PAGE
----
Police were called to a Spalding bar and restaurant which was serving food and drinks at the height of the coronavirus lockdown when a group of 20 people were partying at the back of the building.
The lights were off at the front of Rafael’s in Westlode Street on June 20, but footage from a police body camera shows ‘numerous customers can be seen sat at the bar drinking out of bottles,’ says a report due to go before South Holland District Council’s licensing committee next week.
It is the first time a South Holland licensed premises has come under the spotlight by the committee since the pandemic started.
A police officer called to the cafe asked the owner and licence holder Jorge Carmezim if he knew that pubs were not allowed to be open and Carmezim shrugged his shoulders before telling him he was open for the day. The officer walked through the building to an outside space at the rear where the people had been eating and drinking.
Lincolnshire police’s chief constable Bill Skelly has applied for the licence of the premises to be reviewed as a result of the incident and as the force could not ‘offer any suitable conditions which would prevent the recurrence of such a serious deliberate breach of current legislation.’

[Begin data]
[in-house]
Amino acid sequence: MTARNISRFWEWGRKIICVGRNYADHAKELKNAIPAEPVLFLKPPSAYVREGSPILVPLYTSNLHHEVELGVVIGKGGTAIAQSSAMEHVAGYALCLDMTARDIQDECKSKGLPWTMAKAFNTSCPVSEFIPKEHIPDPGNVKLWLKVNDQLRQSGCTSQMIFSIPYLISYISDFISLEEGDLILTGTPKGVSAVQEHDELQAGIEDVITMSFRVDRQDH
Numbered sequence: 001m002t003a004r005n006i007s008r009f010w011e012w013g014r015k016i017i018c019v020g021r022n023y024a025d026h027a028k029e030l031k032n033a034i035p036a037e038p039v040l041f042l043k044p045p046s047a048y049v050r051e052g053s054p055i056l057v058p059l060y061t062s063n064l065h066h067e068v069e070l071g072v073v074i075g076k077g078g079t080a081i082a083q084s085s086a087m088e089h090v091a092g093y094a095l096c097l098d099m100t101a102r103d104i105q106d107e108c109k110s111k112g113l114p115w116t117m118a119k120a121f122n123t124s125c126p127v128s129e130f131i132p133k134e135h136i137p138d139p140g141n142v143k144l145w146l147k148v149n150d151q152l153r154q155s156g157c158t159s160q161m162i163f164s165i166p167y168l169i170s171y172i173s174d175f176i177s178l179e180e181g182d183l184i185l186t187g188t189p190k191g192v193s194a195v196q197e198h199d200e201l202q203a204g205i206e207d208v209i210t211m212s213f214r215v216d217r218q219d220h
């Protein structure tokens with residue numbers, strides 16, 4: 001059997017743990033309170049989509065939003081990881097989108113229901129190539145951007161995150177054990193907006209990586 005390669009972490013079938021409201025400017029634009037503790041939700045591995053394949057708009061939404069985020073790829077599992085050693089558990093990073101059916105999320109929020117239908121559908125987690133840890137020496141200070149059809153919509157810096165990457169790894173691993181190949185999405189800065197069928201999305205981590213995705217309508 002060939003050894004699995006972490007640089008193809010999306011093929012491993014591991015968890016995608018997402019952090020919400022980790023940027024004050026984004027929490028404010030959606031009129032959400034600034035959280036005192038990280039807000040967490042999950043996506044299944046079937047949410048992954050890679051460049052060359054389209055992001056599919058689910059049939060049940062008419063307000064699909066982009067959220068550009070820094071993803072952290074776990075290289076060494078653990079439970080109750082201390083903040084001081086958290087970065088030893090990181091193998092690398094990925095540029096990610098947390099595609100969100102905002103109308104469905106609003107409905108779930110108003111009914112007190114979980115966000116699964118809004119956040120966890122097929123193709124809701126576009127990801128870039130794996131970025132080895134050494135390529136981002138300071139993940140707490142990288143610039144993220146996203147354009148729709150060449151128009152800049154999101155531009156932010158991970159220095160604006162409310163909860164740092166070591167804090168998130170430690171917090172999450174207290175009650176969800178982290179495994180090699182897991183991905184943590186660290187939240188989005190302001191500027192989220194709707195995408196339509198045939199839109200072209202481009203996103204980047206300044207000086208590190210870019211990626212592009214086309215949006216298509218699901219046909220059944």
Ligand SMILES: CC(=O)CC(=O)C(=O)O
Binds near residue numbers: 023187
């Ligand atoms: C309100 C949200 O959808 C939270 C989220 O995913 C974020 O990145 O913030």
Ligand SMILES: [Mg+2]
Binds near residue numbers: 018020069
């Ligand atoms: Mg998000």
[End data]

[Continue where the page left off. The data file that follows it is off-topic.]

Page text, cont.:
“Lincolnshire police have obtained evidence which indicates that the management of these premises have been operating the premises in such a manner that the licensing objectives have been undermined and offences committed,” says the report to members of the licensing committee due to meet on Tuesday.
Along with every other pub, cafe and restaurant during lockdown, Rafael’s was under a duty to close under the restrictions made law as a result of the pandemic. All non-essential venues where people congregate in numbers were closed in a bid to safeguard the wider community from coronavirus.
“Rafael’s has been found to be in breach of the regulations by having multiple customers on the premises consuming drinks,” the report says.
“Many individuals and businesses are facing very serious financial hardship, however, they have chosen to be responsible at a huge personal cost to themselves and their families and abide by the current legislation and therefore not put themselves, their employees and their customers at risk. Lincolnshire Police request that the revocation of the premises licence be seriously considered,”
Members of the committee have a series of options as a result of the review,
from completely revoking the licence totally to modifying conditions attached.
“At such an unprecedented time when Lincolnshire has seen an overwhelming level of compliance with the lockdown measures among licensees around the county who have faced severe financial hardships, the actions and lack thereof by the licence holder have seriously and intentionally undermined the licensing objectives for the prevention of crime, public safety, public nuisance and the protection of children from harm,” the report adds.
The licence for the premises has been held by Mr Carmezim since July 17 2014 and he is also the Designated Premises Supervisor.